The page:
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Wednesday, March 05, 2008

Pearl packs house with her story of triumph over fear, withdrawal, prejudice

NORTH ADAMS, Mass. -- In the instant when she learned in 2002 that her husband had been beheaded, the widow of Daniel Pearl said she ran from the couple's Karachi, Pakistan, home, where for five weeks she and a team had sought to find the slain Wall Street Journal reporter. She said she grabbed an AK-47 rifle from one of the people who had been guarding the home.

"It's not that hard to kill someone," she said. But she didn't. In that instant, Mariane Pearl realized, "the only act of courage was to put that gun down" and continue on a path which was, she realized, "the only act of revenge that was really possible . . . I had to have this kind of courage facing life."

She said the photographs released of her captive husband, one with a "V" for victory and signal and the other with an obscene finger gesture, showed her that he faced death with courage and defiance, and she resolved to do the same in life after his death.

The free-lance journalist and book author, appearing on Wednesday night in the small city where the slain Wall Street Journal reporter got his professional start, told a story of triumph over fear, cynicism and prejudice in an hour speech to an overflow crowd at Massachusetts College of Liberal Arts.

"You have to go beyond fear yourself if you're going to win," said Pearl, adding that after her captive husband was beheaded by terrorists, "I was already beyond the possibility of finding shelter in hatred of any kind." Instead, she said she resolved not to be silenced and to preserve hope. Terrorism is about manipulation, she said, "what they want is for all of us to survive to live in fear."

The Hardman Family Foundation brought Pearl to MCLA, an 1,800-student state college in a remote city of 14,000 residents where Pearl once worked as a reporter for the North Adams Transcript daily. Her appearance packed a 400-seat hall and required that the school, for the first time in the history of the Hardman lecture series, to set up a downstairs overflow room where another approximately 60 people could watch Pearl on closed-circuit video. The Hardman family once owned The Transcript.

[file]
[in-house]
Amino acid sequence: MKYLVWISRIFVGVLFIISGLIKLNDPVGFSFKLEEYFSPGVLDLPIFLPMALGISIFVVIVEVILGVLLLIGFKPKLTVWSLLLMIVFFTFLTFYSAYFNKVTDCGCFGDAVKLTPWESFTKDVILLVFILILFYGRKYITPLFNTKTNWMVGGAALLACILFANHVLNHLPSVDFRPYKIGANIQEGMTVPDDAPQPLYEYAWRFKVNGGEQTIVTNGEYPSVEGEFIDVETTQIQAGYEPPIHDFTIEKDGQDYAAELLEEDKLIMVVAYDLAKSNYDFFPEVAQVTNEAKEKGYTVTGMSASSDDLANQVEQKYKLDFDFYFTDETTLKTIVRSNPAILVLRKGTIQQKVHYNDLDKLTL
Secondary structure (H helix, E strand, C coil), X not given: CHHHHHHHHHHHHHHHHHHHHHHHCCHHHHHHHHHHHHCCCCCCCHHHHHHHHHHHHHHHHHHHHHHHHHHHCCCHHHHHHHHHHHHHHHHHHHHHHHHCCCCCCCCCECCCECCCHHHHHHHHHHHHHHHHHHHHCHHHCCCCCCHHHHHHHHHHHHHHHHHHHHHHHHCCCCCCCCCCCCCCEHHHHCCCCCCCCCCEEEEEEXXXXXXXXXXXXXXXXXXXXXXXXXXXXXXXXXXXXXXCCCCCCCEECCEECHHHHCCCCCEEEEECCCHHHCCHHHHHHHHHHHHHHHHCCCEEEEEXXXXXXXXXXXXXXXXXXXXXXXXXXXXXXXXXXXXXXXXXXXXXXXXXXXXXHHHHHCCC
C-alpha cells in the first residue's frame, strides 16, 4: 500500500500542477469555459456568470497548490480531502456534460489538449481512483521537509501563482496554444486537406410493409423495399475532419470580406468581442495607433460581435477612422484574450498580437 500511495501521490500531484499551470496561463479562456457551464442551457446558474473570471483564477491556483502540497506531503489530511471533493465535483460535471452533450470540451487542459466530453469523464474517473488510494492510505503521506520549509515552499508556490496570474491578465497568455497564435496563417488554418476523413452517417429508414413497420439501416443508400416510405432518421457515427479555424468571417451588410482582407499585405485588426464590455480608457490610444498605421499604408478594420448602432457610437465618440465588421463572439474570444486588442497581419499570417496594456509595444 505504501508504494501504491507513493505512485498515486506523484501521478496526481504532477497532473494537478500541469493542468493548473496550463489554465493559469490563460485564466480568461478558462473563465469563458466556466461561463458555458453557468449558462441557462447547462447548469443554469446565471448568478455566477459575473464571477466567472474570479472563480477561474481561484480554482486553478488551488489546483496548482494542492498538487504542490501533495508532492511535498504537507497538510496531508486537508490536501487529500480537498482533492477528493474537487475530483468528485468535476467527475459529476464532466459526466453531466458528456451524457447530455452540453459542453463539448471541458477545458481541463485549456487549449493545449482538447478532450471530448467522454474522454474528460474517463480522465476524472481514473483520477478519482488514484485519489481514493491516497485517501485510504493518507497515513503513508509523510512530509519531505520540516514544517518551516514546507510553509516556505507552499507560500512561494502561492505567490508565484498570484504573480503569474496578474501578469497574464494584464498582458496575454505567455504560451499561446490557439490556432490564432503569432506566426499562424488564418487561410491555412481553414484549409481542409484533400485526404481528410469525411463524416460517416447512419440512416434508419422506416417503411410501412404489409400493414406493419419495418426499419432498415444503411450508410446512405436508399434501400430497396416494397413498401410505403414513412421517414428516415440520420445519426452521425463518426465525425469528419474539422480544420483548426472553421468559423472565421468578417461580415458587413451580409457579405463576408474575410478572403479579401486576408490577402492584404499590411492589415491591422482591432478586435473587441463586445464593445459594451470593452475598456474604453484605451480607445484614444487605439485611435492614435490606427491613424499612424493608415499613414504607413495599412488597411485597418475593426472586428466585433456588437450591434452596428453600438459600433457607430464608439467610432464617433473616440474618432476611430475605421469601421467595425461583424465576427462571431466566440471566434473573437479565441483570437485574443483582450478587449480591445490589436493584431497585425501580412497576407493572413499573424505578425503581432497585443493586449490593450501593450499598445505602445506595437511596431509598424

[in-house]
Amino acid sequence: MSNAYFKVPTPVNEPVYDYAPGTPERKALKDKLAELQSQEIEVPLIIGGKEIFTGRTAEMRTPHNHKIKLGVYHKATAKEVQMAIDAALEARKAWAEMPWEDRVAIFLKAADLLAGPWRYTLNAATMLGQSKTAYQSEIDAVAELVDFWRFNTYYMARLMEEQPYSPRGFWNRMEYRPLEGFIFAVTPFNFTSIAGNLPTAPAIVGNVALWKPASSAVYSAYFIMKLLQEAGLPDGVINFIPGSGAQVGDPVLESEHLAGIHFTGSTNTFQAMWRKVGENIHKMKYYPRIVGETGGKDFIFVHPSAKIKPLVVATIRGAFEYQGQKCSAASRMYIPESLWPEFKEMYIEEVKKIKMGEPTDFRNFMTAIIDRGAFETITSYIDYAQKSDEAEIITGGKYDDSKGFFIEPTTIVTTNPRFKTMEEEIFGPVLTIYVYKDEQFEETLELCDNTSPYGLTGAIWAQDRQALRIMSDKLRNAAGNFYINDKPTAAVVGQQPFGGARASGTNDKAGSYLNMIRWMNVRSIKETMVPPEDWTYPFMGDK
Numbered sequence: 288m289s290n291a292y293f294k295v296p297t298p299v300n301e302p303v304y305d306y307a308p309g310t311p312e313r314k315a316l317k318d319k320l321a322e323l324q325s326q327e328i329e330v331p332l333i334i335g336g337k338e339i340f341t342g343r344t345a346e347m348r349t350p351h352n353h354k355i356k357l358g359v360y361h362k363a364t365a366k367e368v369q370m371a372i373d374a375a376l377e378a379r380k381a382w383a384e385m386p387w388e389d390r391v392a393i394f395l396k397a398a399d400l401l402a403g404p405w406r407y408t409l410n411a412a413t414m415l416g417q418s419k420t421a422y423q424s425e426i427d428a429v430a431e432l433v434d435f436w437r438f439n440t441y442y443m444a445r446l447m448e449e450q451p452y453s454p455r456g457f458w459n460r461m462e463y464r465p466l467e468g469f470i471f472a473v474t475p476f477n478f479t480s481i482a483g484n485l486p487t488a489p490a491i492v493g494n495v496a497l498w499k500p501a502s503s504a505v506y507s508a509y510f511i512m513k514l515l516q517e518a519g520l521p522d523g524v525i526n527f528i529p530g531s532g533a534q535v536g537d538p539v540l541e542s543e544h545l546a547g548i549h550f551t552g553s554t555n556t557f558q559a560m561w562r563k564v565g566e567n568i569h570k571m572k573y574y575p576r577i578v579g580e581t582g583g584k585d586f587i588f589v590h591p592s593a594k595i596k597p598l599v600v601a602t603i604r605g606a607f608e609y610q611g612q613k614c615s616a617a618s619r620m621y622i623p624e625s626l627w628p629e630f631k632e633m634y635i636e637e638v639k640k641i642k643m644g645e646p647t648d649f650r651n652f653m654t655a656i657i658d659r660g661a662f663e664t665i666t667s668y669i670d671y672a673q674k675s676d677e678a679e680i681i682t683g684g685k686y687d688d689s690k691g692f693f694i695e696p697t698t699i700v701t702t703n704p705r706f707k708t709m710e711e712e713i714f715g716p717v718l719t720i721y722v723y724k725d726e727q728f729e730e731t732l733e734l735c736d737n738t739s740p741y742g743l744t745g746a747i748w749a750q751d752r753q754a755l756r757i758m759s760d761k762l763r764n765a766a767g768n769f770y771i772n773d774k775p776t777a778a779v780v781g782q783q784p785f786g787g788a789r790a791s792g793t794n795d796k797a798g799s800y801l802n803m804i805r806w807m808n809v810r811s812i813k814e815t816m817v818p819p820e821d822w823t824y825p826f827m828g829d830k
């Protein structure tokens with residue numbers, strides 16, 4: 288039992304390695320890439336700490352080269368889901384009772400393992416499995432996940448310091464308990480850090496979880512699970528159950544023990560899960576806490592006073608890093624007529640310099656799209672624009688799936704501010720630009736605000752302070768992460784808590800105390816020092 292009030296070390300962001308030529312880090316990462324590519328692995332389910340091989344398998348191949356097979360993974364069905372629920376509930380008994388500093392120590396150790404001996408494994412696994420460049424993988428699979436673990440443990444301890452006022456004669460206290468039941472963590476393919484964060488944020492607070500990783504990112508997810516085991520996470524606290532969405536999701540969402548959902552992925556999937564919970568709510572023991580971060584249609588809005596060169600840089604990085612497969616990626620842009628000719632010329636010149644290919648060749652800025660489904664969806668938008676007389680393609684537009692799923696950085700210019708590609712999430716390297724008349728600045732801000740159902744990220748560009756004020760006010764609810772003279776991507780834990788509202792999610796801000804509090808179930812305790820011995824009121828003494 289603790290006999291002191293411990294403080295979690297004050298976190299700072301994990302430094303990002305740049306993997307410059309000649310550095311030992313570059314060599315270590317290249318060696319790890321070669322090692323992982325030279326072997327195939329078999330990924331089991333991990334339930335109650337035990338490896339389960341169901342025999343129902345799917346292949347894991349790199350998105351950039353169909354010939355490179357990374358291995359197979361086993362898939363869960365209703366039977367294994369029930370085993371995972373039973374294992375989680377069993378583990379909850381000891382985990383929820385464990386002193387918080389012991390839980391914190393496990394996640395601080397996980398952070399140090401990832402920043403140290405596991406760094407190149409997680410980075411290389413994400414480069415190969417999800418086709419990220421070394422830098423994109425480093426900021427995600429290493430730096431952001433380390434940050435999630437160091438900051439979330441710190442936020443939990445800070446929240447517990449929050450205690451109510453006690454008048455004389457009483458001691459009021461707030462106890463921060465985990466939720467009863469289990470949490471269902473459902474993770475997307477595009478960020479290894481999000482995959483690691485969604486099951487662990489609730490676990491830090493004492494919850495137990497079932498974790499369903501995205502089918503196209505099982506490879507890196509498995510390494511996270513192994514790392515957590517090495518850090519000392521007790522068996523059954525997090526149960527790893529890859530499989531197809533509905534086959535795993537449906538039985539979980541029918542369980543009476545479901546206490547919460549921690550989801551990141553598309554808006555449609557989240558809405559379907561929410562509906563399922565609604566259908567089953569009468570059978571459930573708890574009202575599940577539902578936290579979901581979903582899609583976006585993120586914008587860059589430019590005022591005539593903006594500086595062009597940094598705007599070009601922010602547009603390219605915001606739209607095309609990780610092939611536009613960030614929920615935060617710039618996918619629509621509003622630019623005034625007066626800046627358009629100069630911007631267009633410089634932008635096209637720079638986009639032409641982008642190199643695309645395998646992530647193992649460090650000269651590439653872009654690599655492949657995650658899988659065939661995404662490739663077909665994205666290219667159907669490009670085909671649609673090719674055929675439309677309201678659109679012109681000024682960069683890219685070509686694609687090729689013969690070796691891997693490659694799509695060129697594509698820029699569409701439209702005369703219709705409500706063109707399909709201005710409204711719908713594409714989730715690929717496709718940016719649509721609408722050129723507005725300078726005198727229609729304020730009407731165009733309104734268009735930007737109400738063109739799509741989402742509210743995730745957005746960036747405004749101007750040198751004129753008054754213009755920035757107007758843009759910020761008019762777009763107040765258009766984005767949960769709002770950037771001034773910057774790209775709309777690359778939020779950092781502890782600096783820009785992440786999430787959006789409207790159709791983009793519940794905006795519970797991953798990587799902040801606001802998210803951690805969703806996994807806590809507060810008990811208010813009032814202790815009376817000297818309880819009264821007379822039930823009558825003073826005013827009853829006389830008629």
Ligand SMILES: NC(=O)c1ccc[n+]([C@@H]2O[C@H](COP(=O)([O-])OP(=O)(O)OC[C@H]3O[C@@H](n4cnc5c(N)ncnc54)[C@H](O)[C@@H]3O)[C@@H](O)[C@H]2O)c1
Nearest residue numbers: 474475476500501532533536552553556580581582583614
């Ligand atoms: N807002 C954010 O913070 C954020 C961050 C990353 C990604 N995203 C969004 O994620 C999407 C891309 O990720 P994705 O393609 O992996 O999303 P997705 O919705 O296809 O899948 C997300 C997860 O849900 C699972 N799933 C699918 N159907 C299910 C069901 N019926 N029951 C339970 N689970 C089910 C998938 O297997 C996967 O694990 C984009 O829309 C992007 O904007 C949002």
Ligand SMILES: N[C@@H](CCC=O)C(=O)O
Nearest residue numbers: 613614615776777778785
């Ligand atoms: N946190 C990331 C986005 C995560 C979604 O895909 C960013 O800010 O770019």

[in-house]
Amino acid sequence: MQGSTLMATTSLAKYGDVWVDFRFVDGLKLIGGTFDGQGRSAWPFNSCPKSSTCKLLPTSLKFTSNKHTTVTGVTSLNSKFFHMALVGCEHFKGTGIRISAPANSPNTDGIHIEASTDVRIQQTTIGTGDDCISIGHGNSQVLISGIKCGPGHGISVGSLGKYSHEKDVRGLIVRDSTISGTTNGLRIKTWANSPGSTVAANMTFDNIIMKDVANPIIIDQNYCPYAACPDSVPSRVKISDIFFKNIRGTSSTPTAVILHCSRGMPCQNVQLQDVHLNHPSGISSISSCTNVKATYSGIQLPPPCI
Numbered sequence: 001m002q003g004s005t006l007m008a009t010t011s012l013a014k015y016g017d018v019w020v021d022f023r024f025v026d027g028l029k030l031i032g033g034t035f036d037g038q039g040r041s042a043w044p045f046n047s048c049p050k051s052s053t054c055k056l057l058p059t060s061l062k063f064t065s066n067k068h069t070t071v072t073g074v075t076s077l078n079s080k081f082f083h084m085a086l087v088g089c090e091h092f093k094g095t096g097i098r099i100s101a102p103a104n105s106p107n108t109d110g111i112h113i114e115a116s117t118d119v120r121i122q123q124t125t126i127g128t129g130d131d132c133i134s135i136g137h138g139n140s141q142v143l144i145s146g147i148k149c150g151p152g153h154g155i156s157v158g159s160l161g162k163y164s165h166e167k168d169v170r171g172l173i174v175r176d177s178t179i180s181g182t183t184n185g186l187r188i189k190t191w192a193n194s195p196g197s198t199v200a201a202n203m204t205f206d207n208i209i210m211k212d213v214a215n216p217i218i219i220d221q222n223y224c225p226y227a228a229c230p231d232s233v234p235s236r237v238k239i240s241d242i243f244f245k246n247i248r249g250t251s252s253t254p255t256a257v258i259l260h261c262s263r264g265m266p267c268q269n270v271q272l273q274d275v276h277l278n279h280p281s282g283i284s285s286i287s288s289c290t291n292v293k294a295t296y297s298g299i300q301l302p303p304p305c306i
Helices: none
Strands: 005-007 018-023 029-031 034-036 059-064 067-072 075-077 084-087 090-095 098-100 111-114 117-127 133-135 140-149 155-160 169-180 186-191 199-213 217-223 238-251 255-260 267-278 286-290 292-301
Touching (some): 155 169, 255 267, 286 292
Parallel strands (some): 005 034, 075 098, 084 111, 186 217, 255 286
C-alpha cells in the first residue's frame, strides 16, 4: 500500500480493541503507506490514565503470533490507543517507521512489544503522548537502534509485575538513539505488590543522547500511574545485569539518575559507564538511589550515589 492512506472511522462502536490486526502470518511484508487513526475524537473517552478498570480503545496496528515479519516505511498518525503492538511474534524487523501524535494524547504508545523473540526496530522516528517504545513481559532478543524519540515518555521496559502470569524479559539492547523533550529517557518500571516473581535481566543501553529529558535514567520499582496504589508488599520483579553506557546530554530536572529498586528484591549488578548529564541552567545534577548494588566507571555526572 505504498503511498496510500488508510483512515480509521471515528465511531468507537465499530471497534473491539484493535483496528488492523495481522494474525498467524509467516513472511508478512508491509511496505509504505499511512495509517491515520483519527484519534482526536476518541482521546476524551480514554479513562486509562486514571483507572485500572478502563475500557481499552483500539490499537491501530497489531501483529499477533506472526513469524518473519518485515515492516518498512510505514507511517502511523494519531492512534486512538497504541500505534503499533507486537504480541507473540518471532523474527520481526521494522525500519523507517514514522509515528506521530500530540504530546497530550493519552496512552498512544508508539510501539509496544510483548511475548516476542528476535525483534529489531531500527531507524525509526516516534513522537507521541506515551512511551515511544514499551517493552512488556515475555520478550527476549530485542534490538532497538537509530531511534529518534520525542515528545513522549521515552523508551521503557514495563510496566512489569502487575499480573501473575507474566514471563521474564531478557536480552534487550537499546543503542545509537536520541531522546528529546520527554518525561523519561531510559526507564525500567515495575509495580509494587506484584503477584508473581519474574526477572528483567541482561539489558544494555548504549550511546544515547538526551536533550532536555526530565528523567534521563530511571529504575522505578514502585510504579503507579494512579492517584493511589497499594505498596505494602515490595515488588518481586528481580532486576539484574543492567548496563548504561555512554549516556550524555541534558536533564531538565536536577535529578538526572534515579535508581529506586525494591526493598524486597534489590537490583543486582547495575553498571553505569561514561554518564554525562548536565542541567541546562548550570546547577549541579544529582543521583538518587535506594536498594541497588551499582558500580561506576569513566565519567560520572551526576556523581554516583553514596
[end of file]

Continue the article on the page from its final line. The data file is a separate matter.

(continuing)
With warmth, almost giddy chuckles, some informal jokes and a thick French accent, Pearl told the story of her life, her marriage to Pearl, their move to the Mideast as fellow reporters, and the five-week ordeal of seeking his fate after his kidnapping, taping a recurring them of tolerance and the avoidance of prejudice. She noted her family heritage. She said her mother was from a poor, black Cuban family. She described her father as a wealthy, Dutch-born "revoluntionary" with advanced mathematics degrees who ultimately committed suicide when she was age 9.
After her husband's death, Pearl recounted visiting world leaders, including U.S. President George Bush, and recounting the heritage of her's and Pearl's family from Iraq, China, France, Holland, Israel, Cuba and Poland. You should have seen Bush's eyes at that list, Pearl joked. The team, depicted in the film "A Mighty Heart," assembled in Islamabad to find her husband after his kidnapping, was part Jewish, part Muslim, part Christian and both men and women, she noted.

"We were all crossing boundaries," she said. "Everyone went beyond their own limitations." But, she added later, "this isn't about heros. We're not talking about heroism here, we're talking about humanism."

The quest for humanism moved Pearl to write her second book after, A Mighty Heart. the book, In Search of Hope: The Global Diaries of Mariane Pearl, saw her travel to 20 destinations around the globe, searching out and interviewing people that she characterized as exhibiting "the exact oppose to terrorism." The book is about woman who are "extraordinary exampls of human resilence," she said, adding: "And I think that is the answer to terrorism."

During a brief question-and-answer question, Pearl commented on the state of the media. She said there is a need for those in journalism "to say, 'What are we doing?' " She added, "I think treating the media like any other business is a big mistake." She called for an effort to use tales of conflict to "create values" because "conflict is part of life."

Pearl's visit brought former North Adams residents from as far as Cape Cod, and many current and retired journalists from the region who had worked with her husband. She joked about sleeping on the couch of former Transcript photographer Nick Noyes' home during a visit with her new husband to the region during the 1990s. Another friend recalled Danny Pearl's periodic returns to the area to play music and party at an annual river festival. Mariane spent the day at MCLA, visiting classes, and was said to have headed back to her New York City home immediately after the evening address.